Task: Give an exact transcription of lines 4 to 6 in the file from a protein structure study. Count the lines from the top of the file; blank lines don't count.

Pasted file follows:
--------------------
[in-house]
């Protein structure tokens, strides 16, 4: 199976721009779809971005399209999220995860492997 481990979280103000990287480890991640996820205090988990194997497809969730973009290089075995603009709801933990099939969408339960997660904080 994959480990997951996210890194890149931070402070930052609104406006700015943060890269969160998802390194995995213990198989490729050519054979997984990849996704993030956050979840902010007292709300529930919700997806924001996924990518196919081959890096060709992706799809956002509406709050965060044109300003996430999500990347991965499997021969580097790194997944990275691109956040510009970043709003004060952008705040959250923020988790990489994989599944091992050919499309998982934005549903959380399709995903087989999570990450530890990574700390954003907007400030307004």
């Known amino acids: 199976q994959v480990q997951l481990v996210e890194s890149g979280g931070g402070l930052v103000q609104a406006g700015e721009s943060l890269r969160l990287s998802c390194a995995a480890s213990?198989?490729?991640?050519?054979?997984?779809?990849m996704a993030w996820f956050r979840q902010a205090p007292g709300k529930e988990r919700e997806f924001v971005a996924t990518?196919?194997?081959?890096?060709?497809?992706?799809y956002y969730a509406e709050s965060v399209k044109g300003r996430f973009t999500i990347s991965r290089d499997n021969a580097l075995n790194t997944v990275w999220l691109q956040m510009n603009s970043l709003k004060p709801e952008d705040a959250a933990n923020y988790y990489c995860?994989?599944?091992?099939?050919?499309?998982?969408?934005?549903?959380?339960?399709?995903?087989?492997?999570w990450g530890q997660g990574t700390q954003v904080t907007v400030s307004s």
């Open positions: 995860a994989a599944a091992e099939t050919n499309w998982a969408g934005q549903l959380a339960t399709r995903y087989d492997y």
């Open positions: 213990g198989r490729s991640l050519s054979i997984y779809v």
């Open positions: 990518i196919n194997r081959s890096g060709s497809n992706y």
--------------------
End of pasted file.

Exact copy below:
């Open positions: 995860a994989a599944a091992e099939t050919n499309w998982a969408g934005q549903l959380a339960t399709r995903y087989d492997y």
């Open positions: 213990g198989r490729s991640l050519s054979i997984y779809v």
């Open positions: 990518i196919n194997r081959s890096g060709s497809n992706y």